I have seen a strong correlation between families that put a lot of thought and planning into their family portrait session and how successful they view the outcome. I also know how stressful this can be as a parent who just went through it from on the other side of the lens. I spent the weeks leading up coordinating wardrobe for not only our six family members but also with my sister’s family and mother, who both live across the country, as well as my brother. I had more than one strange look from passersby in many clothing stores as I snapped pictures of possible outfits to text across country in an attempt to get the color palette just right. Wardrobe aside, as important as it is, what makes or breaks a family session is the mood of the children. Are they nervous? Tired? Excited? Mad? Crying? Goofy? Shy? Cooperative? And more importantly how do the parents react to these emotions?
I’ve given this some serious thought and have come up with a list of five ways to prepare your children for a successful and stress-free portrait session!
1. Get them excited about the session in advance. Kids (and adults) like to know what is coming. Plan a surprise such as a trip to the ice cream shop or a night out at a favorite restaurant (could even be McDonald’s). I have a client who made this a tradition and their children look forward to their family session every year as a result! A post-session trip to play mini golf could be another idea. Make it your own!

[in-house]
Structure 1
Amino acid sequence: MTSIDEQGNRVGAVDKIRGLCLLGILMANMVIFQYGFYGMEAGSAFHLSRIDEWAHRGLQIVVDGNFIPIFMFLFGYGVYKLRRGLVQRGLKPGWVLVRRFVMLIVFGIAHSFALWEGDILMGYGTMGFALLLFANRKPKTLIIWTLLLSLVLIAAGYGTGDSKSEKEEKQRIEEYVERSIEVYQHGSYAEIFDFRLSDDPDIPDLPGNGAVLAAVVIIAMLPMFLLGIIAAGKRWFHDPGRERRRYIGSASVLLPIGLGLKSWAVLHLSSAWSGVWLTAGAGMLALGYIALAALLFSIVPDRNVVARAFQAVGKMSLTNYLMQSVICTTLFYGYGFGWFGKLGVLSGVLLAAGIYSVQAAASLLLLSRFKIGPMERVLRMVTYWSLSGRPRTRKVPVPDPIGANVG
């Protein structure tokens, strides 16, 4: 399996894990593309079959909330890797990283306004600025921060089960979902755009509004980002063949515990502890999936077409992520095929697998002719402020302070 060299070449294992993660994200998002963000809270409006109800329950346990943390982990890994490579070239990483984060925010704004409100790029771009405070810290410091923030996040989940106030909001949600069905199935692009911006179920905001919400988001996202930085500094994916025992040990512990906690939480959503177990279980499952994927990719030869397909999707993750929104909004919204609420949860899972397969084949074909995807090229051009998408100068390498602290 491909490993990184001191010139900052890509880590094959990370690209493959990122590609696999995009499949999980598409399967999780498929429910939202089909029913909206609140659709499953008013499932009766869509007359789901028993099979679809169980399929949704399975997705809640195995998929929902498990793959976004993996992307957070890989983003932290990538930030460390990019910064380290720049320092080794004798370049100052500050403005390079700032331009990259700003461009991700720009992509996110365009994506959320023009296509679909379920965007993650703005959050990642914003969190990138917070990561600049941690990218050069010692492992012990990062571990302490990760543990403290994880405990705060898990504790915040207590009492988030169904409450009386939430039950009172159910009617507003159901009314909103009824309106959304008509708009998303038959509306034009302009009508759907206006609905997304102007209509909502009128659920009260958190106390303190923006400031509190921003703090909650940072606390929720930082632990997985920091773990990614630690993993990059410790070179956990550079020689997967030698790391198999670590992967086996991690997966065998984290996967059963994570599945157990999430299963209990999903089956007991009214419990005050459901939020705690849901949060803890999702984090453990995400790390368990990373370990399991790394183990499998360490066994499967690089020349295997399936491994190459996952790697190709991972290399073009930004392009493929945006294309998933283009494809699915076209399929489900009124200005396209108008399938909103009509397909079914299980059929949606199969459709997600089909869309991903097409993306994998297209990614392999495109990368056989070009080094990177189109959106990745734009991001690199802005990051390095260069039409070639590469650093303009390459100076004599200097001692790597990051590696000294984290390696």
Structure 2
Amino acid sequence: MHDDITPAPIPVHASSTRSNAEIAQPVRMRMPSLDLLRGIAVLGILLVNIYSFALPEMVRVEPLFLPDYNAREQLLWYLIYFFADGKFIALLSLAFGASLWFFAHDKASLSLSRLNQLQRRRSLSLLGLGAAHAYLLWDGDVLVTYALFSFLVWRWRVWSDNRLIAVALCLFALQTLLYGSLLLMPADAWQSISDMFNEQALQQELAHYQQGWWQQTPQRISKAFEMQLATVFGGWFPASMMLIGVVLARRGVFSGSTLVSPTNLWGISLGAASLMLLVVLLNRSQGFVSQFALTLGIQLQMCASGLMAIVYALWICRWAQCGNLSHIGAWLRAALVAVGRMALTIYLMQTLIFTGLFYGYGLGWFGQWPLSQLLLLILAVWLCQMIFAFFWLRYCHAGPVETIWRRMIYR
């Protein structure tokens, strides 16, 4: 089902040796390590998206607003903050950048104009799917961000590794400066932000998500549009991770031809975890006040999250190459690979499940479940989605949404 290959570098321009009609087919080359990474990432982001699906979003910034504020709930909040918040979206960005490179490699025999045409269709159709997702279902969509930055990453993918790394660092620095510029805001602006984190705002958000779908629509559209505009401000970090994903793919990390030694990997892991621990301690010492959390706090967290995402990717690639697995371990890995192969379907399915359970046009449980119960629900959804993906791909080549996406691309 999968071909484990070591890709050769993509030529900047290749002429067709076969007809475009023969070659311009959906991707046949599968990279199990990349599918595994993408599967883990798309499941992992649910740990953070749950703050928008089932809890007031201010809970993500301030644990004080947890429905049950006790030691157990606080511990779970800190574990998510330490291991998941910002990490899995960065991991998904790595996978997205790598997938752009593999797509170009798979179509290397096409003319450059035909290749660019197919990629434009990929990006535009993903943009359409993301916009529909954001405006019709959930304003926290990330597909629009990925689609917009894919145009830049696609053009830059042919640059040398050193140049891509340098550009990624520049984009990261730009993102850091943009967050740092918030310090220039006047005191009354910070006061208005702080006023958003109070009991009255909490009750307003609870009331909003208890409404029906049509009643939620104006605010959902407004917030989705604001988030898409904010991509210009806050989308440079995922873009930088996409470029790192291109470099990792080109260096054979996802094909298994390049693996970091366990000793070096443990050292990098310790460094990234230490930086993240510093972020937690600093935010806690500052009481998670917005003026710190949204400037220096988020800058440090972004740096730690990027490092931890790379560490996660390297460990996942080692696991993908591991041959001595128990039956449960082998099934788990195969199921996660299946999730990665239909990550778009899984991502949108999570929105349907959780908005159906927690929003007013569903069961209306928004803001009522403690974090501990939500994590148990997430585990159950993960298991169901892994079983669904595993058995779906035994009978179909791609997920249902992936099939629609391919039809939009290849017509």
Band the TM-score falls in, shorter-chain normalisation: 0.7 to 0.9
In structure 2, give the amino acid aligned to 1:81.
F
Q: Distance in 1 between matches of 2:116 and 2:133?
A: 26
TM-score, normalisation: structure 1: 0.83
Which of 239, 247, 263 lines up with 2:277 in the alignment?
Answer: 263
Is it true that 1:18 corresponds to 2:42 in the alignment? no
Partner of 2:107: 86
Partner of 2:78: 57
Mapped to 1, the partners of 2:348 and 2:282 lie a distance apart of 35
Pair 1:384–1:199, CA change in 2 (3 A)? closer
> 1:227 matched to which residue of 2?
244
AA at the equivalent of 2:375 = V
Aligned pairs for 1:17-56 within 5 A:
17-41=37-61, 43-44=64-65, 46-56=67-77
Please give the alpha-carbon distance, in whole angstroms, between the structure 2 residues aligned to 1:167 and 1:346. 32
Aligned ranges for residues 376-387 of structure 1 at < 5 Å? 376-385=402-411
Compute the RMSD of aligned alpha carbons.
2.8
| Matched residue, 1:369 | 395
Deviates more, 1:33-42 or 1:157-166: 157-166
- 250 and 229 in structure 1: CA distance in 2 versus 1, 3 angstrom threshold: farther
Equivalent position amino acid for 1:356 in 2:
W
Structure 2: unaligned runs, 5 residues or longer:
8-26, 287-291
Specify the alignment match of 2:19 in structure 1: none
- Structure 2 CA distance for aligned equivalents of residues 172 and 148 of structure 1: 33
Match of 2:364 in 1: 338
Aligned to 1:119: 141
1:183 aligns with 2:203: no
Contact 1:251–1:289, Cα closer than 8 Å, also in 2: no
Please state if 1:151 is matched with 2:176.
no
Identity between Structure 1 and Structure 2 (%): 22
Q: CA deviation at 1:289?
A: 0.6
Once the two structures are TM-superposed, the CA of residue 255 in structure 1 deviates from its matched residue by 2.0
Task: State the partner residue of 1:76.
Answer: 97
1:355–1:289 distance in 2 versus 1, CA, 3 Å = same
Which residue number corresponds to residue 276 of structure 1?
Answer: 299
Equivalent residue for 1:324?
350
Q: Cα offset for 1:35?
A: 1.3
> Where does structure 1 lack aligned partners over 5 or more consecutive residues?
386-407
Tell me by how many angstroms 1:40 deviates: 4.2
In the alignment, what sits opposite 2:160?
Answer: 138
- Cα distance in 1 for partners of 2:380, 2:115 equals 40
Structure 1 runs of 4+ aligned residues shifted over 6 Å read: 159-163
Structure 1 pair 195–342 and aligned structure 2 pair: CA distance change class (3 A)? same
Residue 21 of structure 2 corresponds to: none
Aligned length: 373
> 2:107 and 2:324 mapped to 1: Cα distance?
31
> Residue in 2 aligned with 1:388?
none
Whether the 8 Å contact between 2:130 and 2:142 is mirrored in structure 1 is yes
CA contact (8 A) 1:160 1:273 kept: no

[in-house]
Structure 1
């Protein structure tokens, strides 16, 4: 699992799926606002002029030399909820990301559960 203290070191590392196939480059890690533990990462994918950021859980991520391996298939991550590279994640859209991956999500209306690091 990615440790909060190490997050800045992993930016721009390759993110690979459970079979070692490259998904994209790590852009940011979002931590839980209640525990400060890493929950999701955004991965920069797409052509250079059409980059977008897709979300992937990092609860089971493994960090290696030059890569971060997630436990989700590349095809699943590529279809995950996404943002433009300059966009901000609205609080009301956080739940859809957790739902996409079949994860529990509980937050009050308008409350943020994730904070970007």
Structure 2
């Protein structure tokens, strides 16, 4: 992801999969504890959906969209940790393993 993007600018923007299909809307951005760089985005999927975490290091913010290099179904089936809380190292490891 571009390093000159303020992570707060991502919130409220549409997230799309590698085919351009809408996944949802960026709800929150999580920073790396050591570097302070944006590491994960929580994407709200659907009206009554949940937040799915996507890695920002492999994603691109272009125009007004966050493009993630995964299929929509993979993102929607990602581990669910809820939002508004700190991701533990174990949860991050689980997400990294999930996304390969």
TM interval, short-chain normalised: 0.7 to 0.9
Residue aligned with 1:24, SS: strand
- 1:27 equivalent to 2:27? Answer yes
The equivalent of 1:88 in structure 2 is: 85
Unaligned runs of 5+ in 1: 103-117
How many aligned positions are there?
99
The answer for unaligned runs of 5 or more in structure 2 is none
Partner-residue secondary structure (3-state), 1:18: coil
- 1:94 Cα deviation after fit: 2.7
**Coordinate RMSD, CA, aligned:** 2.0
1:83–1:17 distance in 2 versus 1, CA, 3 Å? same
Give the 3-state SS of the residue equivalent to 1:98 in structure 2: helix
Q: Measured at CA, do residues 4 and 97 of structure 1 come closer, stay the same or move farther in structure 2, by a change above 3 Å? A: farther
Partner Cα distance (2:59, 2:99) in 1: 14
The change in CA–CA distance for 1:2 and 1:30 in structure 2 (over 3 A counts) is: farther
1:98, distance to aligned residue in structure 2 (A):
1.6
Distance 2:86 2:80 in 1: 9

2. Schedule your session for a time of day when your children are well-rested. If you’ve ever scheduled a session with me before you know that my preferred time to shoot is an hour before sunset. That being said, I always follow that up with this statement: “Happy children trump good light.” So true. I can definitely take stunning pictures of your children no matter the time of day. That’s my job!
3. Feed them. Simple as that. Full tummies (or at least not hungry tummies) make for happy kids. If you are planning a family dinner out afterwards give your children a snack before dressing or pack some (non-messy) snacks for the road. Children are more likely to be restless and easily upset when they are hungry.
4. Bring along their favorite toy, stuffed animal, blanket, etc. Anything that brings home a little closer and gives comfort to your child(ren). If your child needs a break from pictures to snuggle up it’s nice to have that comfort on hand. Furthermore, I’m definitely not opposed to including that “snuggy” in some pictures too! It speaks to what your family life is truly like at this time and someday you may look back on those pictures warmly remembering when your little one just couldn’t bear to be without “kitty.” I have a client whose middle child has “baby” (doll) in their family pictures year after year. She’s part of the family!
5. Change locations and do not be afraid to step away. Okay, I’ll admit that that’s two so maybe I should have titled this 6 ways to prepare… Forgive me! If you feel your child is about to take a turn for the “worse” there are a few things that you can do. Walk away! Children can sometimes feel pressure to “perform” with many eyes on them (especially parental eyes) and they shut down as a result. Of course as their parent you know best how your child would handle having some extra space between you and them. Another option is to suggest a location change or go for a walk. This doesn’t have to be far from your current location and can do wonders for lifting moods. Tip: If you are nervous or stressed your children can and will feed off of that emotion. They feel your mood. Finally, if all else fails just prepare yourself to take whatever comes your way in stride and have confidence in your photographer. I turn frowns upside down ALL THE TIME and am 100% ready to take on the most challenging child out there! That being said, embracing your children as they are can be beautiful and something you look back on fondly.